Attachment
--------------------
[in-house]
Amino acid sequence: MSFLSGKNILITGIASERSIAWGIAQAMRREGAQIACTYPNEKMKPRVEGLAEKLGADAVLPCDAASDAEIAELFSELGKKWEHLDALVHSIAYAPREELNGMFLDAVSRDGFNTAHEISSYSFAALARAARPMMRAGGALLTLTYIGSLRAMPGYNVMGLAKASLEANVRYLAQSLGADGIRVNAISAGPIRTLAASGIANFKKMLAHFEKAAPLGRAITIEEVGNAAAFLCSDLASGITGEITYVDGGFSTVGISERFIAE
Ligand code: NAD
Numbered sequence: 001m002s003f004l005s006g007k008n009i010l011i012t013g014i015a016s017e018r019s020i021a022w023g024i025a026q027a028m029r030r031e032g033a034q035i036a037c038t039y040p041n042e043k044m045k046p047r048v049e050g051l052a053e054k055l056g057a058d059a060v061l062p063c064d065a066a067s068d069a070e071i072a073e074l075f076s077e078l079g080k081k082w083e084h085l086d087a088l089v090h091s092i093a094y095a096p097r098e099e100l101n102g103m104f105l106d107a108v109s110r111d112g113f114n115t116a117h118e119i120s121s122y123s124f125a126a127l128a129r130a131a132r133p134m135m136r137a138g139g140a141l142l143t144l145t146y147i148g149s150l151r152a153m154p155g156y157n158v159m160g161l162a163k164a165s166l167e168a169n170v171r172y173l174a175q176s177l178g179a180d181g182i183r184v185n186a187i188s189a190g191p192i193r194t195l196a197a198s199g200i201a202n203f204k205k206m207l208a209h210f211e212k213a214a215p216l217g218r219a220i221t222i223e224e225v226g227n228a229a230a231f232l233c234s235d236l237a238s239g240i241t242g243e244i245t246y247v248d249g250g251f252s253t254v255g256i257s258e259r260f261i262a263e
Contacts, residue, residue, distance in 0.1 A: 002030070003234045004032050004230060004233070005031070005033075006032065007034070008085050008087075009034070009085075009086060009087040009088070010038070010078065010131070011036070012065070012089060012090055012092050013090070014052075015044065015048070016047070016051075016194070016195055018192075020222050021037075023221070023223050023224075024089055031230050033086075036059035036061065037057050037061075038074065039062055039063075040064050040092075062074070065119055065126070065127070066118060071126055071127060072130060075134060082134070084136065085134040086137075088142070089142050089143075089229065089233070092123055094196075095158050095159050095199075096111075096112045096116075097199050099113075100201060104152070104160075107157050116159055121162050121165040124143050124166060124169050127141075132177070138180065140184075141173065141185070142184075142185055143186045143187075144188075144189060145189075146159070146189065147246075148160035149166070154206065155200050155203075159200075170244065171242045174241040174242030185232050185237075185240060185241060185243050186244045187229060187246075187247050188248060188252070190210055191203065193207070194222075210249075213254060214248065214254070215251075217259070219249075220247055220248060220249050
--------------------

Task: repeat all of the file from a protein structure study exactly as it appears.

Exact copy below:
[in-house]
Amino acid sequence: MSFLSGKNILITGIASERSIAWGIAQAMRREGAQIACTYPNEKMKPRVEGLAEKLGADAVLPCDAASDAEIAELFSELGKKWEHLDALVHSIAYAPREELNGMFLDAVSRDGFNTAHEISSYSFAALARAARPMMRAGGALLTLTYIGSLRAMPGYNVMGLAKASLEANVRYLAQSLGADGIRVNAISAGPIRTLAASGIANFKKMLAHFEKAAPLGRAITIEEVGNAAAFLCSDLASGITGEITYVDGGFSTVGISERFIAE
Ligand code: NAD
Numbered sequence: 001m002s003f004l005s006g007k008n009i010l011i012t013g014i015a016s017e018r019s020i021a022w023g024i025a026q027a028m029r030r031e032g033a034q035i036a037c038t039y040p041n042e043k044m045k046p047r048v049e050g051l052a053e054k055l056g057a058d059a060v061l062p063c064d065a066a067s068d069a070e071i072a073e074l075f076s077e078l079g080k081k082w083e084h085l086d087a088l089v090h091s092i093a094y095a096p097r098e099e100l101n102g103m104f105l106d107a108v109s110r111d112g113f114n115t116a117h118e119i120s121s122y123s124f125a126a127l128a129r130a131a132r133p134m135m136r137a138g139g140a141l142l143t144l145t146y147i148g149s150l151r152a153m154p155g156y157n158v159m160g161l162a163k164a165s166l167e168a169n170v171r172y173l174a175q176s177l178g179a180d181g182i183r184v185n186a187i188s189a190g191p192i193r194t195l196a197a198s199g200i201a202n203f204k205k206m207l208a209h210f211e212k213a214a215p216l217g218r219a220i221t222i223e224e225v226g227n228a229a230a231f232l233c234s235d236l237a238s239g240i241t242g243e244i245t246y247v248d249g250g251f252s253t254v255g256i257s258e259r260f261i262a263e
Contacts, residue, residue, distance in 0.1 A: 002030070003234045004032050004230060004233070005031070005033075006032065007034070008085050008087075009034070009085075009086060009087040009088070010038070010078065010131070011036070012065070012089060012090055012092050013090070014052075015044065015048070016047070016051075016194070016195055018192075020222050021037075023221070023223050023224075024089055031230050033086075036059035036061065037057050037061075038074065039062055039063075040064050040092075062074070065119055065126070065127070066118060071126055071127060072130060075134060082134070084136065085134040086137075088142070089142050089143075089229065089233070092123055094196075095158050095159050095199075096111075096112045096116075097199050099113075100201060104152070104160075107157050116159055121162050121165040124143050124166060124169050127141075132177070138180065140184075141173065141185070142184075142185055143186045143187075144188075144189060145189075146159070146189065147246075148160035149166070154206065155200050155203075159200075170244065171242045174241040174242030185232050185237075185240060185241060185243050186244045187229060187246075187247050188248060188252070190210055191203065193207070194222075210249075213254060214248065214254070215251075217259070219249075220247055220248060220249050